Scientists have mapped the thymus, a gland in the chest that makes disease-fighting white blood cells, across the human life span. This “cell atlas” could help researchers understand how thymus cells change over time and how T cells develop, opening the door to new treatments for cancer and autoimmune disease.
Mapping Out the Human Thymus
The scientists, from the Wellcome Sanger Institute, Newcastle University and the University of Ghent, used single-cell RNA sequencing to analyze about 200,000 individual cells from embryonic and fetal thymus glands, as well as from children and adults. Their findings shed light on where different cell types are found in the thymus as well as the many states in which they can exist.
“We identified more than 50 different cell states in the human thymus. Human thymus cell states dynamically change in abundance and gene expression profiles across development and during pediatric and adult life,” they wrote in the study, which appears in Science.
Using computational methods, the team mapped out how various kinds of T cells develop from their precursors in the fetal liver. From here, they figured out which signals tell immature immune cells what type of T cells they will become.
The Implications of this Atlas
“With this thymus cell atlas, we are unravelling the cellular signals of the developing thymus, and revealing which genes need to be switched on to convert early immune precursor cells into specific T cells,” said Muzlifah Haniffa, Ph.D., a professor of immunology and dermatology at Newcastle University and a senior author of the study, in a statement. “This is really exciting as in the future, this atlas could be used as a reference map to engineer T cells outside the body with exactly the right properties to attack and kill a specific cancer—creating tailored treatments for tumours.”
In addition to improving T cell-based treatments, such as CAR-T cells for cancers, the atlas could make a difference for people with diseases characterized by the improper development of T cells, such as severe combined immunodeficiency, or by the turning of immune cells against the body’s own tissues, like Type 1 diabetes.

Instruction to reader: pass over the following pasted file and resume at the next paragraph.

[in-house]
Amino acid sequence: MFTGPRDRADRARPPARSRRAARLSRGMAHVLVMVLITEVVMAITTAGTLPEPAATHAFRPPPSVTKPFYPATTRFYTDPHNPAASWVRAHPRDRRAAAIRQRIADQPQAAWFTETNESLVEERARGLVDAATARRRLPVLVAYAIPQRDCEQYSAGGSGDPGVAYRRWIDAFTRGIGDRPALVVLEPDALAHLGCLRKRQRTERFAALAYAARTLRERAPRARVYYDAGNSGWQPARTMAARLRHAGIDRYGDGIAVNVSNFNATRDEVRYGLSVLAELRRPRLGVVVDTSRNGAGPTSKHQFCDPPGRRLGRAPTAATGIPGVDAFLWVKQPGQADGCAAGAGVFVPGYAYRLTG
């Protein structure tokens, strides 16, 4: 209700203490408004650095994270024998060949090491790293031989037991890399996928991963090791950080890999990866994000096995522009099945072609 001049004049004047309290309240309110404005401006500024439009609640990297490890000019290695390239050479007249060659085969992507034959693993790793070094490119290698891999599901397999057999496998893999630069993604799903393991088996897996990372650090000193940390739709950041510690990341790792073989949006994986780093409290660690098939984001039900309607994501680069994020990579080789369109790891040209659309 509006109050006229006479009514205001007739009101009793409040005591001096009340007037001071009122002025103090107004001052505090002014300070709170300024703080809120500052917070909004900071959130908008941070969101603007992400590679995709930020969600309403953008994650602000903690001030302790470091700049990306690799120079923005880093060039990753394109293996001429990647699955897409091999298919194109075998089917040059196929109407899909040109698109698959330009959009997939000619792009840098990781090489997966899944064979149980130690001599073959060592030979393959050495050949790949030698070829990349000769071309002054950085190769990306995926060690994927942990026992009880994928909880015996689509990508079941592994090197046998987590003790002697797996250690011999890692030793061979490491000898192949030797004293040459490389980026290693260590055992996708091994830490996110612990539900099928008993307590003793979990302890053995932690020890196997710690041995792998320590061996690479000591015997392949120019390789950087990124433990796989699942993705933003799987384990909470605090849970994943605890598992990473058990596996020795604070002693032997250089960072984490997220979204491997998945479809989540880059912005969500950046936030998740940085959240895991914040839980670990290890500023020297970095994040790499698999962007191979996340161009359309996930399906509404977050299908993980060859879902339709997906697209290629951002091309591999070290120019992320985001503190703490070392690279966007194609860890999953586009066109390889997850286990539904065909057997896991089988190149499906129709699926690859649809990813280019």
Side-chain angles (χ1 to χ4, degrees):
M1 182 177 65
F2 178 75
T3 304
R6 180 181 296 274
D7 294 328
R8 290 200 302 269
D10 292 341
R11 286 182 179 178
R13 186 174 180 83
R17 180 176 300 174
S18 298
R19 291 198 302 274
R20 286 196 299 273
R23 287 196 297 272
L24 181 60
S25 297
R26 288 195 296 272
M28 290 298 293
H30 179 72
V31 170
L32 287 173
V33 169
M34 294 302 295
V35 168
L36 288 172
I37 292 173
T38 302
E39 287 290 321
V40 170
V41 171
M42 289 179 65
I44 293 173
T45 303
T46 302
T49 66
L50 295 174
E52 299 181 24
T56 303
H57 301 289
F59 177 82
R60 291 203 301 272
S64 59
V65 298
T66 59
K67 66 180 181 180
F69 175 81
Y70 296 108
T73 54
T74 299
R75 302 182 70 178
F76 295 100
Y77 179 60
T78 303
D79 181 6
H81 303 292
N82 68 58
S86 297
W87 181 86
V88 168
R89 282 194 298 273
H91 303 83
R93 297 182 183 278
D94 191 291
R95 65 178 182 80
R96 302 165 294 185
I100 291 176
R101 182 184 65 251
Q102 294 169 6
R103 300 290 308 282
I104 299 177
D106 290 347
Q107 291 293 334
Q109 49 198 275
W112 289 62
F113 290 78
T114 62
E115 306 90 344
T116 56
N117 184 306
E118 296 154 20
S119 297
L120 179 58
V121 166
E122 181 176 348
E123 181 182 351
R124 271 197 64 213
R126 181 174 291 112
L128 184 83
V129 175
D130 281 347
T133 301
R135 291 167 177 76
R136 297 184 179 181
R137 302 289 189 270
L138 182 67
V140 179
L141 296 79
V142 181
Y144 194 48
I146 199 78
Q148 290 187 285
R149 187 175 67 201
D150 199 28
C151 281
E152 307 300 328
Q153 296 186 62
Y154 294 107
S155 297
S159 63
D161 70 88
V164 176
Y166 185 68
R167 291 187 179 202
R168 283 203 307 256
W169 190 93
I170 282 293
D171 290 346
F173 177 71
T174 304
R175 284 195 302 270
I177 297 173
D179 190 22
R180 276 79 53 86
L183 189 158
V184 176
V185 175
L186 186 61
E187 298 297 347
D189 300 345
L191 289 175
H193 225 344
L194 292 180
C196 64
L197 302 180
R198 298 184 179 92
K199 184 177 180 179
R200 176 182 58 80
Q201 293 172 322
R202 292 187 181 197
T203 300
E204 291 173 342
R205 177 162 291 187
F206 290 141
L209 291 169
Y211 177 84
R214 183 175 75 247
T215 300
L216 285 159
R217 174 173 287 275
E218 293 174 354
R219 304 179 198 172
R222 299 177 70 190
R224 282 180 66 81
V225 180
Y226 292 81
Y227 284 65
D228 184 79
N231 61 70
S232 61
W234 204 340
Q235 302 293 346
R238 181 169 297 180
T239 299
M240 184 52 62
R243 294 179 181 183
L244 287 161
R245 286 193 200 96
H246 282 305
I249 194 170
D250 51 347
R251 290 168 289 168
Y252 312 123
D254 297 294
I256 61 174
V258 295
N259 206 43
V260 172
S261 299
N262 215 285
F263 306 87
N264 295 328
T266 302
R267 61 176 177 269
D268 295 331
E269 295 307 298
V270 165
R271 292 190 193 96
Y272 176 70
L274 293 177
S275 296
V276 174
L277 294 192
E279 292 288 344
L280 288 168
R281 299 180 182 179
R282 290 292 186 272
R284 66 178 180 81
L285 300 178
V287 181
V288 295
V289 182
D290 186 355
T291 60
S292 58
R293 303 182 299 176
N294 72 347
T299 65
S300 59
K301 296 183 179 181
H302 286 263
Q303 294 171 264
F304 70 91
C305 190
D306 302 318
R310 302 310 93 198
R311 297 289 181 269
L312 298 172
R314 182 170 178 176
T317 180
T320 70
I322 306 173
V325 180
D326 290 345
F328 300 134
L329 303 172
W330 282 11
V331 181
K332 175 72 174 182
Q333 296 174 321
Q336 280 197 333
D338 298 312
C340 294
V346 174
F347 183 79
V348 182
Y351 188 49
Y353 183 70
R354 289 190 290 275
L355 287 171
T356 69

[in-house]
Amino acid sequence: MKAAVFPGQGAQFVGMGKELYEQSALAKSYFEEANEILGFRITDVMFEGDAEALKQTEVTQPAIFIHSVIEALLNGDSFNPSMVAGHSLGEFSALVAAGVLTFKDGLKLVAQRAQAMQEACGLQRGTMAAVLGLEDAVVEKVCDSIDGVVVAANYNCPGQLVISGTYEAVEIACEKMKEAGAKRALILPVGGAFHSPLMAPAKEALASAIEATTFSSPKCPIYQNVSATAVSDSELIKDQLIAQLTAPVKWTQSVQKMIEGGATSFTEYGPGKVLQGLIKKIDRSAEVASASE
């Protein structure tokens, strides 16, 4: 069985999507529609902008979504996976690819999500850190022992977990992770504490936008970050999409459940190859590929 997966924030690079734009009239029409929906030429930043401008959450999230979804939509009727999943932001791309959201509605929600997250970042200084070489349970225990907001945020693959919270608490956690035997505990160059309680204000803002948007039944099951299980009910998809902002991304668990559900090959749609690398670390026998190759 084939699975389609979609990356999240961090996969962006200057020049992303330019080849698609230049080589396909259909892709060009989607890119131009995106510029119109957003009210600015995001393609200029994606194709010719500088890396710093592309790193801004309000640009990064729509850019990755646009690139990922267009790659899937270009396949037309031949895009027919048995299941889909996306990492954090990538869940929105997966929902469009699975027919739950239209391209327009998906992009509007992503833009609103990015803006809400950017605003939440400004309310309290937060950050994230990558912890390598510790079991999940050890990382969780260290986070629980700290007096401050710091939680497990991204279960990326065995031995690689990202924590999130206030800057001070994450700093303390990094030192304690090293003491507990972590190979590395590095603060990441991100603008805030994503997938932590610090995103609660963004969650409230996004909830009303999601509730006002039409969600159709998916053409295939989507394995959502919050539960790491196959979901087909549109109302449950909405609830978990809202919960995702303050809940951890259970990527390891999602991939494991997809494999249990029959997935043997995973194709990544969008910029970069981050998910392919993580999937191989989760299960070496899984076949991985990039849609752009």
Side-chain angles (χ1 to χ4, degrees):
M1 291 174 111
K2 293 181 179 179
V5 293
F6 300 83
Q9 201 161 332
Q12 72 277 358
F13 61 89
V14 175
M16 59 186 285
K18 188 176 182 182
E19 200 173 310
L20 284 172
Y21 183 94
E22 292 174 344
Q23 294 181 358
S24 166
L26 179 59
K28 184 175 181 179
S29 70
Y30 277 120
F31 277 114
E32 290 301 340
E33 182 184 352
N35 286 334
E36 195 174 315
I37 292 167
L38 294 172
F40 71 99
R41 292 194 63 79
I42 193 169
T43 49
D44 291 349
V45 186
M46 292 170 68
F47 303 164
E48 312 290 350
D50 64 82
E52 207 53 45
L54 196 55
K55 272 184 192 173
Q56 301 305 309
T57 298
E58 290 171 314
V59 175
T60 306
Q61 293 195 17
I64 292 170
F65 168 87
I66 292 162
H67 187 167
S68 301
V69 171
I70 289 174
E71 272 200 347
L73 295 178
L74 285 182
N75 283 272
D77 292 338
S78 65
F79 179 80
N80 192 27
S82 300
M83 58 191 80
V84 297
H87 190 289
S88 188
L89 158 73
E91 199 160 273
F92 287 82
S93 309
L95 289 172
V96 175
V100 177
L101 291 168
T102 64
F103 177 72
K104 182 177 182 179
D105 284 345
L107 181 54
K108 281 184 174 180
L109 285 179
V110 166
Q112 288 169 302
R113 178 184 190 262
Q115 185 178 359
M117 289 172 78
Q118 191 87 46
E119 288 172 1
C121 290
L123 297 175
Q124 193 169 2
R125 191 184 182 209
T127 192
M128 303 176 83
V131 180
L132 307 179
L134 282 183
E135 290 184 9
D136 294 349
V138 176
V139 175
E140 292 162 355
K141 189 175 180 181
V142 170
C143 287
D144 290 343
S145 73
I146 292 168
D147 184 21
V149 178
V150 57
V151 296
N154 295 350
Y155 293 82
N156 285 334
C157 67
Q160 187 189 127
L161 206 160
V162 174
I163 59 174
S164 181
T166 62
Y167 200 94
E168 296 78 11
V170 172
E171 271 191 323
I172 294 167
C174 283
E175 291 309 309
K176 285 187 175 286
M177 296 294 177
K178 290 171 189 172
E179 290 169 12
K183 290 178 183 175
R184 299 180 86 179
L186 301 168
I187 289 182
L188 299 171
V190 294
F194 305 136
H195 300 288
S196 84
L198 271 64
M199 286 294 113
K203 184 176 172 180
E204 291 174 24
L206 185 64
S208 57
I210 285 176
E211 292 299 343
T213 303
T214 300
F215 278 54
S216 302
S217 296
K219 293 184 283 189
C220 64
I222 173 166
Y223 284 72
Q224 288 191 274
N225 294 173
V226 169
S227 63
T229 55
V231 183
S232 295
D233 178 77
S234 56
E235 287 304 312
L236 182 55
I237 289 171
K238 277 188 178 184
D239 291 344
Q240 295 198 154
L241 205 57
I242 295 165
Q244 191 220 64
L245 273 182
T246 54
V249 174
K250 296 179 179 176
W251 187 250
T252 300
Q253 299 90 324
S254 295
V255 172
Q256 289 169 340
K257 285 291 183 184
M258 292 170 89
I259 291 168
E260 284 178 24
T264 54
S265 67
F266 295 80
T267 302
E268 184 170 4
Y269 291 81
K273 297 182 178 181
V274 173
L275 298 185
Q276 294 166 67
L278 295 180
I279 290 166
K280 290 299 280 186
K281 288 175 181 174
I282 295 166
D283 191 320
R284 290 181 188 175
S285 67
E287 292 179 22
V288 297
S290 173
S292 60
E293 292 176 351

“We have produced a first human thymus cell atlas to understand what is happening in the healthy thymus across our lifespan, from development to adulthood, and how it provides the ideal environment to support the formation of T cells. This openly available resource will allow researchers worldwide to understand how the immune system develops to protect our body,” said the study’s first author, Jongeun Park, Ph.D., of the Wellcome Sanger Institute.
The thymus cell atlas is part of the Human Cell Atlas project, an international effort started in 2016 to map all cells in the human body as a resource for better understanding health and disease. Like the thymus cell atlas team, many of the collaborators focus on specific tissues, such as the spinal cord, lungs, heart and liver. Others are working on the “mapping” technology itself: single- and multicell profiling. All of the data, protocols and tools developed will be made freely available to the research community.